Monday, June 06, 2016

A Beast For the Slaying

Bring forward this beast, KPMG.

More details on the KPMG/Isle of Man tax dodge scheme. The CBC has revealed documents showing that KPMG's "anti tax-avoidance" group knew the deal was bent but apparently stood down as it went ahead anyway.

The executive writes in a January 2001 email, that a "majority" of the members of the group were concerned federal tax authorities might find out about undeclared money coming back to Canada. In that event, it would be "plausible" for the CRA to argue that the Income Tax Act was "violated," the email says.

Still, the KPMG executive writes, the revenue agency would not be able to challenge the tax plan without proof that the money had made its way back into Canada.

"It would be difficult for [the CRA] to criticize the transactions unless they have evidence of the moneys (sic) coming back," the email says.

The email also says that even if the CRA did eventually find out, "many taxation years could be statute barred." In other words, the email suggests, too much time might have passed for the agency to do anything about it.

Let's break that down. The group, whose name suggests it was designed to prevent tax-avoidance schemes, was actually engaged in figuring out whether KPMG execs could get away with it. 

Would the revenuers find out about it?

What were the chances the revenuers would be able to prove the illicit funds made their way back into Canada?

Even if the revenuers did discover the scheme, detect the transmission of funds and put together a case, might all or most of the illicit funds be off limits, "statute barred" through the passage of enough time?

They weren't trying to derail a tax scam before it got underway. They were gaming the odds of getting away with it. Yeah, sure, it's illegal as hell. But will the government even find out about it? And, even if they find out about it, will they be able to prove it? And even if they find out about it and they're able to prove it, will the clients still be off the hook thanks to the passage of time, the statute of limitations?

Who thinks like that except a bunch of crooks? It sounds exactly like organized crime, maybe without the broken bones and gunplay.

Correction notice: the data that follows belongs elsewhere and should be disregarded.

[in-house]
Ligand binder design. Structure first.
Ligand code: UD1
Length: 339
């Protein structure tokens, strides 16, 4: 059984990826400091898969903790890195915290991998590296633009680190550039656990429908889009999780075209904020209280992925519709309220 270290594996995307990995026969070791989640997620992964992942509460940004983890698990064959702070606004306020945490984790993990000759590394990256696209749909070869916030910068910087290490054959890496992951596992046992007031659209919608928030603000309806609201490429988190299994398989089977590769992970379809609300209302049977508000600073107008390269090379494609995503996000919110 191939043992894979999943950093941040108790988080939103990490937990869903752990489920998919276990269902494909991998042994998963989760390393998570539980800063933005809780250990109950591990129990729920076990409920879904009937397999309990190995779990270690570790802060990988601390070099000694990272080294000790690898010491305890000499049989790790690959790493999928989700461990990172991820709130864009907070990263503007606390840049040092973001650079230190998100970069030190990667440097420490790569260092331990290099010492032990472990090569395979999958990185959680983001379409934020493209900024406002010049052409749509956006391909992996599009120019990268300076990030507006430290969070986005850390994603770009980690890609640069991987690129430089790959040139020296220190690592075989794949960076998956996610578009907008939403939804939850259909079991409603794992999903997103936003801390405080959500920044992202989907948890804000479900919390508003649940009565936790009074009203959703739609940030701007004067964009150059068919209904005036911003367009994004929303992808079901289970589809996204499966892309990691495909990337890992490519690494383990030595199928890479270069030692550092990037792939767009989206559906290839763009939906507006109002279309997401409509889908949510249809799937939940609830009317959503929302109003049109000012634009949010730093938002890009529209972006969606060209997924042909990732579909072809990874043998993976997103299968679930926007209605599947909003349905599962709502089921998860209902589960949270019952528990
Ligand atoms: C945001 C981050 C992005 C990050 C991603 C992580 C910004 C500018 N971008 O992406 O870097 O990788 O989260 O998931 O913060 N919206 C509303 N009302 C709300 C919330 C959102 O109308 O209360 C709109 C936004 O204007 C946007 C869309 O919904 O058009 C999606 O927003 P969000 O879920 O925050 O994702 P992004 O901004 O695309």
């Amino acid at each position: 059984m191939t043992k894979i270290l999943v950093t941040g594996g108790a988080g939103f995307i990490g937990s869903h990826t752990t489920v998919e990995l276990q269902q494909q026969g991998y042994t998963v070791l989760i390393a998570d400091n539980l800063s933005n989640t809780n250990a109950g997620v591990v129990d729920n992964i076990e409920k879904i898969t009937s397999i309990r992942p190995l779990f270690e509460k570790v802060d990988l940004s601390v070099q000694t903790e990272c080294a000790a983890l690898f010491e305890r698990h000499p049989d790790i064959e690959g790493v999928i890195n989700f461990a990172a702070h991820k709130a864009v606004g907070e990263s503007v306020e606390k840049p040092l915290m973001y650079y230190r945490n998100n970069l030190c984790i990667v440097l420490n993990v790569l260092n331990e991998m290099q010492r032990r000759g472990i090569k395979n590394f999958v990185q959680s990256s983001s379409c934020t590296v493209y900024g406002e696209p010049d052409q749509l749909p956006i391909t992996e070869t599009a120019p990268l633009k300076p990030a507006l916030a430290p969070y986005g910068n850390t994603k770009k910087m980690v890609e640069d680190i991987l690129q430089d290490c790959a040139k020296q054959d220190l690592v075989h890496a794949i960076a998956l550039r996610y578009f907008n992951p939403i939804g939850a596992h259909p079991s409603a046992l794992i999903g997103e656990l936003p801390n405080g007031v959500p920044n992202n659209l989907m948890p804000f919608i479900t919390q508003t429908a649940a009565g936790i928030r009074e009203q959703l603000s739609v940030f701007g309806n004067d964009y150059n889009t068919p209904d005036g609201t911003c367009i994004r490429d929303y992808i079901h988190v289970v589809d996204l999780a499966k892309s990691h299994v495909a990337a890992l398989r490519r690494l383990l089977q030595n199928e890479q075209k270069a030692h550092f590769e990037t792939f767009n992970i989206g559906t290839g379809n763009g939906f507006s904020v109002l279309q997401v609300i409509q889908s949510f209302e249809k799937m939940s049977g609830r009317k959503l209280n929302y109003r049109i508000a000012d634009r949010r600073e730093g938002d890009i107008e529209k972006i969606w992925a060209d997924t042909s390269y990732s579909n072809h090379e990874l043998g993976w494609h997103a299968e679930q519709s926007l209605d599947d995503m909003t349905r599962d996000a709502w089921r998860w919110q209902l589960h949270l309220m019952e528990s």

I think it's time we hauled that beast out into the light where we can kill it.


the salamander said...

.. KPMG seems just another smelly smelly clue re the long reach of the Harper Government PMO .. You're right, its a beast that needs to be dragged out into the light of day.. but I doubt it goes any further than the Wall Street & Bay Street thugs after being exposed. That CRA colluded - no doubt from the highest levels with the even more exalted & immune PMO - Ray Novak - Stephen Harper level should be no surprise & will never be punished.. its the nature of the Beast.. its either immune, has Cabinet Confidence or triple deleted.. and/or wiped or edited a la The CPC voter database.. or moved to Kuwait. Its all becoming as normal & accepted as Peter Van Loan speechyfying the day after elbowgate about what he witnessed, while looking down at notes on one of his many Blackberries.. either the taxpayer expensed or the backchannel CPC HQ one, or the Poutine one.. These are the folks in bed with F35's - Israel - Ukraine - Saudi Arabia - Big Oil - Big Media .. Of course they stink.. they reek.. We give them immunity to do so & allow them to parade as the keepers of Canadian Values ...

Anonymous said...

This is what this company says about itself......
KPMG’s global values define us as a firm for ourselves, for our clients, and for the marketplace. Our values describe who we are, what we do, and how we do it. Our values also help us attract and keep quality people, develop relationships with the appropriate clients, and protect and enhance our reputation. We aim to incorporate them into our relationships with our clients and colleagues so that they are reflected in the work we do every day and in the relationships we have with each other and with our clients.
Our culture

The KPMG culture is rooted in our values. Our integrity and policy of open and honest communication builds trust and collaboration, while our flexibility and diversity creates a culture in which people share knowledge freely, bringing out the very best in each other. Asked why they choose to work with KPMG, many clients talk about our high level of professional ethics, our loyalty, and our approachability.

Anonymous said...

Another lawyer who thinks he is entitled. He doesn't have manners and lacks integrity.